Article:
U.S. consumers were more optimistic about the economy in June, according to a report released Tuesday. (Tweet this)
The Conference Board's Consumer Confidence Index rose to 101.4 in June, beating estimates of 97.3. May's reading was 94.6.
"Consumer confidence improved further in June, following a modest gain in May," said Lynn Franco, Director of Economic Indicators at The Conference Board."
"Over the past two months, consumers have grown more confident about the current state of business and employment conditions. In addition, they are now more optimistic about the near-term future, although sentiment regarding income prospects is little changed. Overall, consumers are in considerably better spirits and their renewed optimism could lead to a greater willingness to spend in the near-term."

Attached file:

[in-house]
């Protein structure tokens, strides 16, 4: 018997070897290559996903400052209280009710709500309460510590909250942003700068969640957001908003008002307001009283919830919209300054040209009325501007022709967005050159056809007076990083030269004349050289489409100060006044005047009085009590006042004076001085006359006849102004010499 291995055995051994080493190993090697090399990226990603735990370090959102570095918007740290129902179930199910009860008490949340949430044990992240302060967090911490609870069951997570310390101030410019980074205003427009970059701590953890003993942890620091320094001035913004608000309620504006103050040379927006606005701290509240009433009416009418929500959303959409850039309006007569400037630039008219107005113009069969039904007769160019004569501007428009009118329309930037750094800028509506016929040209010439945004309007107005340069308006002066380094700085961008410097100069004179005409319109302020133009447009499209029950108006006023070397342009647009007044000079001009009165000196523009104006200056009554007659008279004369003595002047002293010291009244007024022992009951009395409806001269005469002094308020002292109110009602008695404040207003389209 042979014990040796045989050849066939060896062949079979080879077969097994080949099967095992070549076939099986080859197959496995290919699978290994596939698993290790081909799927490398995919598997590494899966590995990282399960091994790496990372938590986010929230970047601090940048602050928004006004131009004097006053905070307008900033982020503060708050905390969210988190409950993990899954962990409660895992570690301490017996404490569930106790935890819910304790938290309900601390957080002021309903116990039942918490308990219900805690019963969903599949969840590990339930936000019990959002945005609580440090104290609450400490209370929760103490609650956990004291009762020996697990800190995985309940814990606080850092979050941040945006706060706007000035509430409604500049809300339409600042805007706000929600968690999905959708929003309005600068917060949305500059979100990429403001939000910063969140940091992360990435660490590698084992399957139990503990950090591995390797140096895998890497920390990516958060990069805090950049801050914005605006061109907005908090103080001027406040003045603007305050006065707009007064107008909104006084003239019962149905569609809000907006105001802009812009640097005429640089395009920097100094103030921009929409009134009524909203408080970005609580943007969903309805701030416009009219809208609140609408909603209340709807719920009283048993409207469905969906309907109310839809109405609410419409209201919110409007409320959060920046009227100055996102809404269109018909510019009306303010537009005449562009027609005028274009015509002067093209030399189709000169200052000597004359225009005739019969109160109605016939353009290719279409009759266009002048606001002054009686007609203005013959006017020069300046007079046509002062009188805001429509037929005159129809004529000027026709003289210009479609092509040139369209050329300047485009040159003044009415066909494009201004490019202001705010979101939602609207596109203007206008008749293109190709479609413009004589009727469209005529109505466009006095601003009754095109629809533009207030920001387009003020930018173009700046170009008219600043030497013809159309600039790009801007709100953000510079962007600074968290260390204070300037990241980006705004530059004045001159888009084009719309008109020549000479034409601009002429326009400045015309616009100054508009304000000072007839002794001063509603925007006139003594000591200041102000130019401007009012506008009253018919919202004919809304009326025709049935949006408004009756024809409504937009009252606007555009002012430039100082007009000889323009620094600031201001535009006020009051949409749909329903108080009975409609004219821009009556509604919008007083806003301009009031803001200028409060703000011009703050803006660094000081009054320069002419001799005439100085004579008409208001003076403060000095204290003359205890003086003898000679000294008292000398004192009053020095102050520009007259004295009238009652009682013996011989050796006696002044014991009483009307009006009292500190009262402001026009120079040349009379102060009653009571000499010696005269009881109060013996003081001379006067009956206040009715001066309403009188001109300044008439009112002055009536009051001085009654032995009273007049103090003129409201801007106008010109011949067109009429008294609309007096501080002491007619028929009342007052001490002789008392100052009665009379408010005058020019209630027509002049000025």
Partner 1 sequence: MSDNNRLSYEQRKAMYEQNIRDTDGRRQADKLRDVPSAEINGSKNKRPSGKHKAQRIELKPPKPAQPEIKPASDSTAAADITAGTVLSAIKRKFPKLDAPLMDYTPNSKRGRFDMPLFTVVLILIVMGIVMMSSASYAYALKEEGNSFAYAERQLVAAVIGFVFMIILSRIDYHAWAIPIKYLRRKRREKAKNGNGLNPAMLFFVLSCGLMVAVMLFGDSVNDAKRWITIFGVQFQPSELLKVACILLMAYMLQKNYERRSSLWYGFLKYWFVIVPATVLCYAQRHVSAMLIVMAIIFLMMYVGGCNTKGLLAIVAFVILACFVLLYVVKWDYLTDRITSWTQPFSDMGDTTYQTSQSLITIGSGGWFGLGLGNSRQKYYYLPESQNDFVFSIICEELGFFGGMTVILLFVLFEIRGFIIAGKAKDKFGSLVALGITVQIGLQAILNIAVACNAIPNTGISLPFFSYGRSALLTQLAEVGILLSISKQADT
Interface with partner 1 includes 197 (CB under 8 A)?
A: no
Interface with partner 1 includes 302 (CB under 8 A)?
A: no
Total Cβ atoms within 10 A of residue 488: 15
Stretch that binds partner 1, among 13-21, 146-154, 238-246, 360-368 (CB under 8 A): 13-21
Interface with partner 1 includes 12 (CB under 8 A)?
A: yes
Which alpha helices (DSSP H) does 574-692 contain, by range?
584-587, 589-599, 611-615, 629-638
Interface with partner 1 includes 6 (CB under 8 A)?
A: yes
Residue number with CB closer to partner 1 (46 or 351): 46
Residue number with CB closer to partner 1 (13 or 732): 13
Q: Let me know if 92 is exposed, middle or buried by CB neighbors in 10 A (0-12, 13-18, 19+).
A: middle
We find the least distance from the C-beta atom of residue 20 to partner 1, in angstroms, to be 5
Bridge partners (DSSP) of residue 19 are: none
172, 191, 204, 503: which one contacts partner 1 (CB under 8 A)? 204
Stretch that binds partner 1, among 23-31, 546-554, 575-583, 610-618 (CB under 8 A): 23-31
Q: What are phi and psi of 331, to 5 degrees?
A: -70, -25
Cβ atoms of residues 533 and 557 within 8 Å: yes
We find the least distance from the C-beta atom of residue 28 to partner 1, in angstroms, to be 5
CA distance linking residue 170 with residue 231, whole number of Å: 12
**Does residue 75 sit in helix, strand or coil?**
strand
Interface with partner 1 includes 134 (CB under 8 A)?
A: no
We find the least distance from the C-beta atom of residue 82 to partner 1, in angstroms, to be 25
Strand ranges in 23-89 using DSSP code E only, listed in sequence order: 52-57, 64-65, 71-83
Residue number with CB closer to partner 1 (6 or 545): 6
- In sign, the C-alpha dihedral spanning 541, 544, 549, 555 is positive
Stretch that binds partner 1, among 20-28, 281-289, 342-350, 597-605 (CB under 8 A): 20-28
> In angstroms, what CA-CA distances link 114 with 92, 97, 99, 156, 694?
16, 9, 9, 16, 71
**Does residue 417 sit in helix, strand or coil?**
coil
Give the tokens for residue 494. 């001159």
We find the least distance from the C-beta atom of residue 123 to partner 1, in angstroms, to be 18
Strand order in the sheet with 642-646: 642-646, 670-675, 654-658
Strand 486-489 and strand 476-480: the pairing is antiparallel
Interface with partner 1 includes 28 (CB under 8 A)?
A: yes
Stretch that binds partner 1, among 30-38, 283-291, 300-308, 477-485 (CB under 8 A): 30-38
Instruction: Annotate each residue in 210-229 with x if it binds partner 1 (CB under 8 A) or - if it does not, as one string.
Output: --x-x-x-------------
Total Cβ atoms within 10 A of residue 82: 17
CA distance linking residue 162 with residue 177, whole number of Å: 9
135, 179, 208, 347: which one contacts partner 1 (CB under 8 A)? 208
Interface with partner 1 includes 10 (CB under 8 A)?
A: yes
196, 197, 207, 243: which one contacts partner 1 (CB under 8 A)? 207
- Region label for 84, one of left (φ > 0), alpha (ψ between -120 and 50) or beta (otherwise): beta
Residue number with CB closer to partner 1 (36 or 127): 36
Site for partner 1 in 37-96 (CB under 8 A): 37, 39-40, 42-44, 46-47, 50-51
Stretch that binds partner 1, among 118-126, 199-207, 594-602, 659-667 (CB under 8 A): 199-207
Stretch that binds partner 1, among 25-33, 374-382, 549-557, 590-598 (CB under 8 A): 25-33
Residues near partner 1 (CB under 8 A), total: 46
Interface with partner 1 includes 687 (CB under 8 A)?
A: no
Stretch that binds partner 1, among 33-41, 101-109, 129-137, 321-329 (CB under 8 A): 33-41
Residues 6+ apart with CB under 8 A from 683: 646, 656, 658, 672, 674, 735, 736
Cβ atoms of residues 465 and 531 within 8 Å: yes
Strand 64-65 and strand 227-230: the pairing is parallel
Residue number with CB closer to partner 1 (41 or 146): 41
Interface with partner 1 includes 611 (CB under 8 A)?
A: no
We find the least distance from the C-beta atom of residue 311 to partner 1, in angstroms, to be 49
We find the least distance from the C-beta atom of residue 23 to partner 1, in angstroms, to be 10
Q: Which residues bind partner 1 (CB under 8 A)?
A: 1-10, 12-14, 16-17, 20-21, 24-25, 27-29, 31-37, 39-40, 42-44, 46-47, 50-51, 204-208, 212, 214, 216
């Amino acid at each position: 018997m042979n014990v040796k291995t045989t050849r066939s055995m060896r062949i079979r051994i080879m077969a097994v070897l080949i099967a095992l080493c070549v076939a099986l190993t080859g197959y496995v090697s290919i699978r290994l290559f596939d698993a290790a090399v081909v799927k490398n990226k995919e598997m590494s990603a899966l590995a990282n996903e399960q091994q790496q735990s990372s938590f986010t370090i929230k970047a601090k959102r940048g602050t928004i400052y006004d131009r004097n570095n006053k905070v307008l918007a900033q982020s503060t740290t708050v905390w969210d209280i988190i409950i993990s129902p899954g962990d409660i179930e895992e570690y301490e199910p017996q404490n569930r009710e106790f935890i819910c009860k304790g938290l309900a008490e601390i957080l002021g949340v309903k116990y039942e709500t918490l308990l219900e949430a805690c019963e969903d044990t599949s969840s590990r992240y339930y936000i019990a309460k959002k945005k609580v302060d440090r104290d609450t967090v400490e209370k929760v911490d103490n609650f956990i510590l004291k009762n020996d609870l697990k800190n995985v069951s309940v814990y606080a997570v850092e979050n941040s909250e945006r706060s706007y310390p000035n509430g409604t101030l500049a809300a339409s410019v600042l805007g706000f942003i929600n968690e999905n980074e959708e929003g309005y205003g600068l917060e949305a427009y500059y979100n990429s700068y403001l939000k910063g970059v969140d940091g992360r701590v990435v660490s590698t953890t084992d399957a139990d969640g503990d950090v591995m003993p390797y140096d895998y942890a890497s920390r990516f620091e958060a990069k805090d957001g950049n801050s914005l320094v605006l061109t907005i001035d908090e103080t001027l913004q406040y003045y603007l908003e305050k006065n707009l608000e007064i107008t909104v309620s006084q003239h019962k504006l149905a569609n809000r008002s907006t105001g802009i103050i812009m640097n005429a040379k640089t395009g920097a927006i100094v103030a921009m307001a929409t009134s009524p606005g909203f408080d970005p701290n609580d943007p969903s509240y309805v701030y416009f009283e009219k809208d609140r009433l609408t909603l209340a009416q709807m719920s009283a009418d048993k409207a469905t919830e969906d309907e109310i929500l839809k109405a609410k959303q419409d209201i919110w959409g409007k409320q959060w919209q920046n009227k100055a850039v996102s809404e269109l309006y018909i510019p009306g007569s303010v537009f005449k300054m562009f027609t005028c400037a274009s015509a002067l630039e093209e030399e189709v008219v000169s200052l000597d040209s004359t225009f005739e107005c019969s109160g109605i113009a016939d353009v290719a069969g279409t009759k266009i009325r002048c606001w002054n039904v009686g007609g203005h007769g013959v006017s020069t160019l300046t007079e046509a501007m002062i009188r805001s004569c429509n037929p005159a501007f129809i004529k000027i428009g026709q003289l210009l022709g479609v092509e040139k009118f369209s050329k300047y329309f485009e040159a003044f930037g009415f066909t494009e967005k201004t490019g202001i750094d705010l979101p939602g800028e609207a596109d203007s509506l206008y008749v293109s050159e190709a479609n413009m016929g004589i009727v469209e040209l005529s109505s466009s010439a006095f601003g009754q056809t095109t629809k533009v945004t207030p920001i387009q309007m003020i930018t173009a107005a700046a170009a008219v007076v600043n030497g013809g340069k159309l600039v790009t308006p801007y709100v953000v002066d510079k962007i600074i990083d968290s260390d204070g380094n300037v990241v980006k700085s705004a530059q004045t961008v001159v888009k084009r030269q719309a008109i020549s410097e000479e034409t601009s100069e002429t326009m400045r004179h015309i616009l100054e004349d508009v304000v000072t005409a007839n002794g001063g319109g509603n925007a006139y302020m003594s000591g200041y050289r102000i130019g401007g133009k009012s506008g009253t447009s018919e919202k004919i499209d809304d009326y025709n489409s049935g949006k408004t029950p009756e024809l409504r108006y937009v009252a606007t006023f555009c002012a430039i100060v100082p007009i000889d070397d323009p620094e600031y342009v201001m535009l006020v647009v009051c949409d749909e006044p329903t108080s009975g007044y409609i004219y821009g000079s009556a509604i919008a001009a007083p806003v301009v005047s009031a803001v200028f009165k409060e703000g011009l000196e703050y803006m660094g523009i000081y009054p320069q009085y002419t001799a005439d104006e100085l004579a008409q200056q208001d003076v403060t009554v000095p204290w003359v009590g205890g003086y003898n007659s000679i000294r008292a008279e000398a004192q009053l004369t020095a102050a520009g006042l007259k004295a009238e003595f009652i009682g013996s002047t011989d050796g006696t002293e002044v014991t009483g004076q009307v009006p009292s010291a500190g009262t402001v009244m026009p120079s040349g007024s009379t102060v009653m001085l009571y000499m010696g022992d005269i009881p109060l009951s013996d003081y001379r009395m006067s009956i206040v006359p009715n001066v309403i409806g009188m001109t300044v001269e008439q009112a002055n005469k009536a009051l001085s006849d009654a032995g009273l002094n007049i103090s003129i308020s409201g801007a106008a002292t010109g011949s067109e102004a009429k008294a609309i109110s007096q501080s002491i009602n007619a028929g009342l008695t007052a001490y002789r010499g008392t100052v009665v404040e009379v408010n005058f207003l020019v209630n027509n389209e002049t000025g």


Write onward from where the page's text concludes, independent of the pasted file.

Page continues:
Consumers were more upbeat about business conditions, the job market and the economic short-term outlook. Those expecting more jobs in the months ahead increased to 17.8 percent from 14.7 percent, while those anticipating fewer jobs declined to 15.1 percent from 16.6 percent.
Optimism about the short-term outlook increased in June as well. The percentage of consumers expecting business conditions to improve over the next six months was up at 18.5 percent from 16 percent.
The monthly consumer confidence survey is conducted by Nielsen for The Conference Board.